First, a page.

January 2018

Darius Rejali: Torture and democracy: What now?!


Darius Rejali’s Democracy and Torture is an exhaustively researched book on the history of torture in democratic societies. Although democratic governments torture their citizens less than nondemocratic ones, they have developed their own “democratic tradition” of torture techniques that focus on inflicting pain while leaving no visible marks. These techniques include sleep deprivation, water torture, electric shock, and even the use of popular music, a practice explored in Tony Cokes’ video “Evil.16.Torture Musik.”

Democracies have also spread these torture techniques through colonial expansion. The democratic rights guaranteed to the citizen seemed to increase proportionally with the rights taken from colonized people. In “The African Roots of War,” W.E.B. du Bois described this situation as a “paradox which has confounded philanthropists, curiously betrayed the Socialists, and reconciled the Imperialists and captains of industry to any amount of ‘Democracy.’ It is this paradox which allows in America the most rapid advance of democracy to go hand in hand in its very centers with increased aristocracy and hatred toward darker races, and which excuses and defends an inhumanity that does not shrink from the public burning of human beings.” Du Bois suggests that this is a bargain between capital and labor that democratic societies made: egalitarianism and freedom at home, exploitation abroad.

While we tend to think of states as authoring colonial expansion and the torture of human beings, Rejali demonstrates that the demand for torture really comes from society and that this demand remains constant through transitions of government or administrations. In other words, torture is a democratic problem, not a security state problem. Torture is never popular, but nonetheless, the assumptions that underlie the theory of torture are widely held; the belief in the body-in-pain as a site of veridiction, or the production of truth, remains strong, as does a feeling of insecurity and the demand for invulnerability.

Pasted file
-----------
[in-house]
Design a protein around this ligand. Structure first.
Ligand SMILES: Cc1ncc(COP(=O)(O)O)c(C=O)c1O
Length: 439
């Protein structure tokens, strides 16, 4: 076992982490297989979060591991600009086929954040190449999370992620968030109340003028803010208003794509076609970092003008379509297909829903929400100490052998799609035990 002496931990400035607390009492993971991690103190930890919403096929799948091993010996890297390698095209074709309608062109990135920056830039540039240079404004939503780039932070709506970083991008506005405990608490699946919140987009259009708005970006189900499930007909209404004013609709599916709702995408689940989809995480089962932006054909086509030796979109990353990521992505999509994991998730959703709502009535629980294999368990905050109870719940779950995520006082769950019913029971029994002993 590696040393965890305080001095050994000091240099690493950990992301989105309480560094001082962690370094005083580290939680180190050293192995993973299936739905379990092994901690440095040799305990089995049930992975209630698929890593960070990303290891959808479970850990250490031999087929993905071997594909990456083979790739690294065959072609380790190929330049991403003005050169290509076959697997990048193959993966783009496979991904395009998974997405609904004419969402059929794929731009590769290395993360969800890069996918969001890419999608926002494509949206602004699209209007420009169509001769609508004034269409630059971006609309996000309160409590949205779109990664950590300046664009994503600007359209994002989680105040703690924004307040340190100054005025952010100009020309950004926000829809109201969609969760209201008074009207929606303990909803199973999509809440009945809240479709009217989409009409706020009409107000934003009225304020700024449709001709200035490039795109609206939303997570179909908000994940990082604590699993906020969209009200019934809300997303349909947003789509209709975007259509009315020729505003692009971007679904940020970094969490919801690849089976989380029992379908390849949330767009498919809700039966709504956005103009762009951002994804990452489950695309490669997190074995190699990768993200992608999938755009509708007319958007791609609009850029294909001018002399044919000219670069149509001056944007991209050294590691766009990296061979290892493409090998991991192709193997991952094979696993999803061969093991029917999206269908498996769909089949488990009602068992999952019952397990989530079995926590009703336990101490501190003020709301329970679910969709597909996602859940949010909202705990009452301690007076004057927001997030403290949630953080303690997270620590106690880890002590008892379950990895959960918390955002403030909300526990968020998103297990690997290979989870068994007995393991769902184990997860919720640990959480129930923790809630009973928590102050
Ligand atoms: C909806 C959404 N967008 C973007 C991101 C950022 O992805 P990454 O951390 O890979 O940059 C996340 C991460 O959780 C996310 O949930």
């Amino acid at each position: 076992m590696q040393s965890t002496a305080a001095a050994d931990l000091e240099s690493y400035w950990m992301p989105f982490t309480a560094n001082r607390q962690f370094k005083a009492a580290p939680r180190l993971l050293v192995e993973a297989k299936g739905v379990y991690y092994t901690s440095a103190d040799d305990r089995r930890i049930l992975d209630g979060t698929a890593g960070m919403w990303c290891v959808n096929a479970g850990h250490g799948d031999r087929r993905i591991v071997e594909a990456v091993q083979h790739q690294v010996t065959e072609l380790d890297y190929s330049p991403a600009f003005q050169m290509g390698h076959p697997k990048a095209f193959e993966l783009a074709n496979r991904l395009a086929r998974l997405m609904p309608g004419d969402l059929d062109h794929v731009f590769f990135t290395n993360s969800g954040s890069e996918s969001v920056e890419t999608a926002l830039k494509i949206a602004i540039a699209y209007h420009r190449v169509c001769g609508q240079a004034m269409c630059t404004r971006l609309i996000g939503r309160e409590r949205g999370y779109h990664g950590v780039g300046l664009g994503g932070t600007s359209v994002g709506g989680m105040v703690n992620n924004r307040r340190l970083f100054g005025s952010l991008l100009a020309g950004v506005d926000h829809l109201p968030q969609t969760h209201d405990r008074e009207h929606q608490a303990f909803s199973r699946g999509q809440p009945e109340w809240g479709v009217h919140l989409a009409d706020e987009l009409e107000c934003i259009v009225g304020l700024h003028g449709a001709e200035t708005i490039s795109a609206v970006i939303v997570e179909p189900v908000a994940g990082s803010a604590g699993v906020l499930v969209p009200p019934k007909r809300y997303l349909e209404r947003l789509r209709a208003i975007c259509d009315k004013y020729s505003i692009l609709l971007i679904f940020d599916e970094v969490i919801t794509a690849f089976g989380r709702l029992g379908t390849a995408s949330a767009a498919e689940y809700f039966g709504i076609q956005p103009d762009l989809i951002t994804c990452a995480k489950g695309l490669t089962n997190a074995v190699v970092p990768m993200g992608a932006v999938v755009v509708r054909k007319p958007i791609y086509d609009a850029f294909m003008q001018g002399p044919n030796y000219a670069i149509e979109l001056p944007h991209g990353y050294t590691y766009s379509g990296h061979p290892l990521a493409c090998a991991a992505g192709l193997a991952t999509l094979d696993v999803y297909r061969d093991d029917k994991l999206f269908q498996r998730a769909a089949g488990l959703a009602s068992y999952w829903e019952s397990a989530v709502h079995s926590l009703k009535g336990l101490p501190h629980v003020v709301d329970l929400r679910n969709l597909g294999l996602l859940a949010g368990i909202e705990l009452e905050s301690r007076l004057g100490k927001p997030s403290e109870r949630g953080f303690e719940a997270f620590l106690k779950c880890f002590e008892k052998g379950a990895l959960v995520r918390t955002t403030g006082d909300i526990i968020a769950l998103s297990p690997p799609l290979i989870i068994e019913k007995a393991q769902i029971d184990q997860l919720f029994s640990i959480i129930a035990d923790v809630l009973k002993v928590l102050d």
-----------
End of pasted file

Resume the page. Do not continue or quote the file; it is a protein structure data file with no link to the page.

Rejali begins his lecture with the example of the beating of Rodney King by Los Angeles police officers in 1991. Rejali connects torture in the military to torture by domestic police and, in both cases, links torture to a general breakdown in professional ethics inside the organization. He asks us to consider if the outcry against the LAPD after King’s beating would have been as strong if there had been no visual evidence, no videotape or visible injuries. This point is echoed later in his lecture when discussing the photographs from Abu Ghraib prison. Is it possible that democracy’s relationship to images of torture is changing as attitudes about torture change? While the photographs of prisoners abused by the United States military at Abu Ghraib function as damning evidence, might they also simultaneously circulate as symbols of American power?

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